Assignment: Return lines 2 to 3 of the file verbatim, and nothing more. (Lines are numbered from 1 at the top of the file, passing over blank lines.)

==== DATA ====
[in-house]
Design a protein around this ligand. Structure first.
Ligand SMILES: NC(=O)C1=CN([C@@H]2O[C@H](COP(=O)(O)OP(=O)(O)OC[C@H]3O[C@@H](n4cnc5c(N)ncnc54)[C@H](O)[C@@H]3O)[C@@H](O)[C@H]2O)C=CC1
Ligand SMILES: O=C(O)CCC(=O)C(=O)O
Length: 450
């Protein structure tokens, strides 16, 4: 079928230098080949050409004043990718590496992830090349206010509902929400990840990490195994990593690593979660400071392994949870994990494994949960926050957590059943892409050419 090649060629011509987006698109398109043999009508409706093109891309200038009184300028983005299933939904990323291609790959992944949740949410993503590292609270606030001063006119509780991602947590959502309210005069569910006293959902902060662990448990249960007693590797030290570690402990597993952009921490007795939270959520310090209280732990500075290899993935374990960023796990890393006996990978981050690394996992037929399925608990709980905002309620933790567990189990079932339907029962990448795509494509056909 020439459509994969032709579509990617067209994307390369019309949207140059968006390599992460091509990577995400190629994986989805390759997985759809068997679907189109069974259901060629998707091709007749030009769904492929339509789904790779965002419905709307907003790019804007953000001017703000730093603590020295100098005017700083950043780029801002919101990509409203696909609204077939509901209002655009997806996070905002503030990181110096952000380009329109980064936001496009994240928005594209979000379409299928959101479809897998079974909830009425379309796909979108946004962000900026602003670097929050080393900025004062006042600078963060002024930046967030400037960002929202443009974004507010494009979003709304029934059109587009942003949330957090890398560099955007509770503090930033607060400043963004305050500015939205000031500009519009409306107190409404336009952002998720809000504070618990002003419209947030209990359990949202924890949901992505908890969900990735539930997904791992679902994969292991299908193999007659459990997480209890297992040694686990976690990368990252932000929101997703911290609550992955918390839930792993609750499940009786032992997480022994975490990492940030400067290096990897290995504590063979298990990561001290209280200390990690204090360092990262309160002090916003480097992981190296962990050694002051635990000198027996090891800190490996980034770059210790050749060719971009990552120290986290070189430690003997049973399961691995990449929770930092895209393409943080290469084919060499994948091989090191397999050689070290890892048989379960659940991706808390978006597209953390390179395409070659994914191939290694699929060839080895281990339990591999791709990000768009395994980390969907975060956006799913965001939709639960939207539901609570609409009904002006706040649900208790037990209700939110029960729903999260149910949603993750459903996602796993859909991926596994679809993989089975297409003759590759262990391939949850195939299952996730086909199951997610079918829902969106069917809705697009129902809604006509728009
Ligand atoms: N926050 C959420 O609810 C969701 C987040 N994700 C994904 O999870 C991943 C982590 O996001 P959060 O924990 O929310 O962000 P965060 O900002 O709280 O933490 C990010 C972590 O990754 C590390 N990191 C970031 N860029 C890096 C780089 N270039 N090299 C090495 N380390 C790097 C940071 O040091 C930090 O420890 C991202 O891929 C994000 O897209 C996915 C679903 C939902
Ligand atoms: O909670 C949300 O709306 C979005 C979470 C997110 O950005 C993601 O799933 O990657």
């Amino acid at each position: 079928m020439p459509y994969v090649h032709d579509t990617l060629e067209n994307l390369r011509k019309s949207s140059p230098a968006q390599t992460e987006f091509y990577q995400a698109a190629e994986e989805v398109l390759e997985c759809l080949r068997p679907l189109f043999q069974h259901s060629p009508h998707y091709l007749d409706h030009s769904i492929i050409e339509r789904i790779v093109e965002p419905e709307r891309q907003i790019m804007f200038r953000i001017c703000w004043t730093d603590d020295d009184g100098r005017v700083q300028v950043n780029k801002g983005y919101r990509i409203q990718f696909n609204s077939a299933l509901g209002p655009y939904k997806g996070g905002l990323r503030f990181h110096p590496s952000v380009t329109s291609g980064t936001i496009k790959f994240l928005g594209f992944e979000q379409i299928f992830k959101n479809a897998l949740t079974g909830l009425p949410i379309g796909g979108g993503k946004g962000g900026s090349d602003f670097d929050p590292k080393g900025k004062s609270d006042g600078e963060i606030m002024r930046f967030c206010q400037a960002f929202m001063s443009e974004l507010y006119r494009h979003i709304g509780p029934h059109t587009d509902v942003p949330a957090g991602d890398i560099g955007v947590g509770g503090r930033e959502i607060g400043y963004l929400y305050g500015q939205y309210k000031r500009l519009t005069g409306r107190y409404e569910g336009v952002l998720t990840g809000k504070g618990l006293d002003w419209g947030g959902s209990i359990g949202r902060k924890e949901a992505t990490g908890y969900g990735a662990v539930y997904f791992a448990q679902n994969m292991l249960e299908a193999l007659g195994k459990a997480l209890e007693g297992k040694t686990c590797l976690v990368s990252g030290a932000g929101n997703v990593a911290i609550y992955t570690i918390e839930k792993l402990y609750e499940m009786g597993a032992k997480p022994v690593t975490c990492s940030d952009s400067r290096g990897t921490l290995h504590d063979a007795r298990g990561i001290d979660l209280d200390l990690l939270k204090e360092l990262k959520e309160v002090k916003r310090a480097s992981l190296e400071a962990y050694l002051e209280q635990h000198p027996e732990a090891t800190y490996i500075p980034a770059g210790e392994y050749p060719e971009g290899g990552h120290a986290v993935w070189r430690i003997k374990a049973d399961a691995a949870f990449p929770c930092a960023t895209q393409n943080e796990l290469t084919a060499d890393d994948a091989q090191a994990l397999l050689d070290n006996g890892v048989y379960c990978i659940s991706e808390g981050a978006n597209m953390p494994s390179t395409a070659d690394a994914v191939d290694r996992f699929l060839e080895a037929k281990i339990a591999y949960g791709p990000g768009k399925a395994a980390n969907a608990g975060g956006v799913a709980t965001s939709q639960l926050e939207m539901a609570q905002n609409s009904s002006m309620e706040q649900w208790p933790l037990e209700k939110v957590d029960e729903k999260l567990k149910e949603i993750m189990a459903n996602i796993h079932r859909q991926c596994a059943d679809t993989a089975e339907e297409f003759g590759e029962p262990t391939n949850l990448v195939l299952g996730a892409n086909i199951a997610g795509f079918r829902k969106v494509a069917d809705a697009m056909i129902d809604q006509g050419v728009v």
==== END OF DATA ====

Design a protein around this ligand. Structure first.
Ligand SMILES: NC(=O)C1=CN([C@@H]2O[C@H](COP(=O)(O)OP(=O)(O)OC[C@H]3O[C@@H](n4cnc5c(N)ncnc54)[C@H](O)[C@@H]3O)[C@@H](O)[C@H]2O)C=CC1